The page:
Prague, 18 July 2003 (RFE/RL) -- Among the topics discussed in major Western dailies today are building a more multilateral force for reconstructing Iraq; British Prime Minister Tony Blair's address to the U.S. Congress yesterday; developing a liberal, Islamic democracy in Iran; and welcoming Albania back into the European fold.
Columnist Martin Woollacott of Britain's "The Guardian" says the U.S. administration is now actively seeking international help in rebuilding Iraq but is hampered by its unwillingness "to pay any serious political price for it." He says the United States is "in danger of moving from a unilateralism it freely chose to an isolation it neither desired nor expected." As the financial costs and logistical difficulties of reconstructing Iraq become more clear, "it looks as if America is going to be left to bear the burden without the major aid from its friends and allies, other than Britain, that it now desperately wants."
Woollacott says there are only about a dozen armies in the world that can provide "the military heavy-lifting" now required in Iraq. And already, India, Russia, Germany, and France have made it clear they are unwilling to contribute troops unless a clear UN mandate exists.
Moreover, a decision by Washington to expand the role of the UN in Iraq would not automatically bring in needed international aid. The EU and other world powers may remain reluctant to finance a project that would essentially remain a U.S.-dominated effort. A new UN mandate would presumably seek to increase international military and financial contributions, Woollacott says. But the "fine line" between increasing UN involvement to a point still acceptable to the U.S. and giving the world body enough of a role to reassure any nations that might balk at the prospect of merely financing an American adventure "will be a difficult one to tread."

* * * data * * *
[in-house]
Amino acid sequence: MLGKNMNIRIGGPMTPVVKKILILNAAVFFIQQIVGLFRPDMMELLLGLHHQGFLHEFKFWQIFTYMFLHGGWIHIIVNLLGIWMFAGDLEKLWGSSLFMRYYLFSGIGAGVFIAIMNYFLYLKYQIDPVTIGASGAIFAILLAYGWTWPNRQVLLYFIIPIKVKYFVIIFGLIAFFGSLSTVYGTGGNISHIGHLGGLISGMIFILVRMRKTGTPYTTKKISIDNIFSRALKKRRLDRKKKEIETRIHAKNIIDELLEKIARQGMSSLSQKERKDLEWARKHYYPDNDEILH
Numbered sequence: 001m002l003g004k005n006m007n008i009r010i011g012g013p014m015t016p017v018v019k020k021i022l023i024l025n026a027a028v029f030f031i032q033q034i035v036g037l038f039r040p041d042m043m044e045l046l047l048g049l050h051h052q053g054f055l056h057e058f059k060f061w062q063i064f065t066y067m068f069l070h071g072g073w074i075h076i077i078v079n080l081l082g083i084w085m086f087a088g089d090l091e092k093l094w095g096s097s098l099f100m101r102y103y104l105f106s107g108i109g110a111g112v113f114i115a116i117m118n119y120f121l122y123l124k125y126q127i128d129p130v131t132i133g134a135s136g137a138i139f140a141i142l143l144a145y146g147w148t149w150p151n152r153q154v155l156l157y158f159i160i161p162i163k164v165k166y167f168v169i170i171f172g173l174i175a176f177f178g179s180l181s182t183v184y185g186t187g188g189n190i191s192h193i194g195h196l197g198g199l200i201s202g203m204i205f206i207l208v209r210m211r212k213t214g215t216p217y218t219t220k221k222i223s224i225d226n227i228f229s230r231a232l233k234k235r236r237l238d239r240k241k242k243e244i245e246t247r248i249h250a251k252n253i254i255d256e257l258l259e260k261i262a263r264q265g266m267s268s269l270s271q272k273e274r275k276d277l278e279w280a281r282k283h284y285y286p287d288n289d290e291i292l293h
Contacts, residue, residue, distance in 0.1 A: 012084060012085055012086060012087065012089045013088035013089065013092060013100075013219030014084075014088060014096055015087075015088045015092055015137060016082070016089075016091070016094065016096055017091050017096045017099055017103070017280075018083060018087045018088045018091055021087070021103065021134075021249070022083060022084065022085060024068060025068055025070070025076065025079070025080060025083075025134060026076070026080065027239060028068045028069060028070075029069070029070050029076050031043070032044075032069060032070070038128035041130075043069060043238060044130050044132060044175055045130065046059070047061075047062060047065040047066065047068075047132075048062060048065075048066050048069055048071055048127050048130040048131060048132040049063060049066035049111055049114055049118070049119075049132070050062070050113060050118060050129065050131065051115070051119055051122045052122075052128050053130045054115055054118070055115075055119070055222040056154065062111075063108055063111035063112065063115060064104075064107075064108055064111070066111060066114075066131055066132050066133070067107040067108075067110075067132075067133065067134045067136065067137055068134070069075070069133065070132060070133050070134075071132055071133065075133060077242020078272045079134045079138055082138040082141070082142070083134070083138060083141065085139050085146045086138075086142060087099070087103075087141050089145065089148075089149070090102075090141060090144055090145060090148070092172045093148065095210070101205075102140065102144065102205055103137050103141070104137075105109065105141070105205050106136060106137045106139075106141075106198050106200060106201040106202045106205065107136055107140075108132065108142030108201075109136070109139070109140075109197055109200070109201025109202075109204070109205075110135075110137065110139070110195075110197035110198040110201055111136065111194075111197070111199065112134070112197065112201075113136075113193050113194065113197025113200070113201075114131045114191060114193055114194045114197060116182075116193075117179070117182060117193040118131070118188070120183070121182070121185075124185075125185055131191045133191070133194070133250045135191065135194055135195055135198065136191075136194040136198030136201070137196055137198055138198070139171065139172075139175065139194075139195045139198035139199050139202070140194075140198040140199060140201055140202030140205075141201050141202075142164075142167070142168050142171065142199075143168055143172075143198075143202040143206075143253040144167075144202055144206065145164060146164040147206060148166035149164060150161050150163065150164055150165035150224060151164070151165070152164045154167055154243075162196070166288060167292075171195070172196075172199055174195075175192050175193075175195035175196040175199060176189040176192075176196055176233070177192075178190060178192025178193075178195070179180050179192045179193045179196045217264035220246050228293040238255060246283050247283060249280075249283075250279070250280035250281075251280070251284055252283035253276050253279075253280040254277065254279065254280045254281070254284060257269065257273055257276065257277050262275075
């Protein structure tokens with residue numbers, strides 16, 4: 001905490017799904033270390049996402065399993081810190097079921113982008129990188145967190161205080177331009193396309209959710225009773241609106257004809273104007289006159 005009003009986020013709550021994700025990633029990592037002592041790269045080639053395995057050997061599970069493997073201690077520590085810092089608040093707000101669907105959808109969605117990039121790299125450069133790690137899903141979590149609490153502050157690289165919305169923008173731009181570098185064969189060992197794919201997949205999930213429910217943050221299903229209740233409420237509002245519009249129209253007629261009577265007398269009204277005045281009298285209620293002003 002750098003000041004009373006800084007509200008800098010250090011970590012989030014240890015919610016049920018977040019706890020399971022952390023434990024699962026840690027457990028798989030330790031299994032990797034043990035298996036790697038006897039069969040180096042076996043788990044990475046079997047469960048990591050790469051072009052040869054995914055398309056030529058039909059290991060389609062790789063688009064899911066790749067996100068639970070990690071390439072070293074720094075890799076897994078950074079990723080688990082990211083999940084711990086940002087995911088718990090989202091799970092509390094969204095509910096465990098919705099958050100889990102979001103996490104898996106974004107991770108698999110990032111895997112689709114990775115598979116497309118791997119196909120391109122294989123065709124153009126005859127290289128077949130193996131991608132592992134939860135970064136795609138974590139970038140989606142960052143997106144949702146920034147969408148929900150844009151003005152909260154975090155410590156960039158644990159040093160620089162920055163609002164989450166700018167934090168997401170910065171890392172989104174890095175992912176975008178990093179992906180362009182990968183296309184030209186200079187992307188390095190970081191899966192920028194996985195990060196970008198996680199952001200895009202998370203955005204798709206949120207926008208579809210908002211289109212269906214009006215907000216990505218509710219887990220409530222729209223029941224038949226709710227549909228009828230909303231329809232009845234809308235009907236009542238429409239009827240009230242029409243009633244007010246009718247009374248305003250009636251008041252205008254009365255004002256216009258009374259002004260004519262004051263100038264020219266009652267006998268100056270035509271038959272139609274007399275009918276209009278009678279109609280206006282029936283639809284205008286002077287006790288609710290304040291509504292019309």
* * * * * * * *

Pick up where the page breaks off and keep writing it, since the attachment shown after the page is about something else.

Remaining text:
An editorial in the "Chicago Tribune" says many within the United States are now questioning Washington's "go-it-alone strategy" for rebuilding Iraq. The paper says it is clear U.S. leaders "want to retain complete control over the rebuilding of Iraq, essentially stiff-arming the UN and other nations into a minor role." But this view is "not realistic. Right now, the need for international help far outweighs the administration's apparent desire to micromanage the rebuilding of Iraq." And "[the] only way to gain that help is to allow the UN to play a larger role in the rebuilding."
Several nations are unwilling to help unless as part of a UN-sanctioned force, the paper notes. And international forces are needed now, not only to relieve U.S. troops but to establish security. Moreover, it is "important that the occupying force take on an international mien [to] show that the world is united in its quest to help reconstruct Iraq."
The Chicago daily says the military campaign's objectives have now shifted. Today, the war is about "persuading Iraqis to embrace freedom, democracy and open markets. It's about convincing them that their ethnically splintered country can be ruled by a representative government better than by a brutal dictator. It's about getting the power and water turned on everywhere, all the time."
British Prime Minister Tony Blair's speech to the U.S. Congress yesterday was the first time a British premier addressed that body in nearly 20 years. But Britain's daily "The Independent" says Blair squandered that opportunity by not being more forceful. "To be fair," it says, Blair "pressed the cause of the road map to an Israeli-Palestinian settlement on an audience that is reluctant to put meaningful pressure on the state of Israel. But he should have been much blunter about the big picture."
For example, the paper says, Blair "could have used this chance to challenge American exceptionalism," to point out the inherent contradiction between some professed American values and its behavior around the world. "Your nation stands for fine values, he could have said, but it shies away from applying them consistently when it is frightened."
Moreover, having been Washington's staunch ally throughout the controversy surrounding the Iraq war, Blair "was uniquely qualified to point out the dangers for the U.S. of refusing to share responsibility for the postwar reconstruction." "The Independent" says Blair "does not like telling powerful leaders or admiring audiences what they do not want to hear." And that "can be a strength." But "last night it was a weakness."
THE WALL STREET JOURNAL EUROPE:
A contribution by former U.S. Ambassador to Romania David Funderburk says Albania's progress in the last several years should earn it more help from its European neighbors. "In its decade of freedom, Albania has struggled domestically in the face of pyramid schemes, organized crime, money laundering, and corruption," Funderburk writes. "Through all this, progress has been made in the development of a multiparty political system, freedom of speech, freedom of religion, and law and order."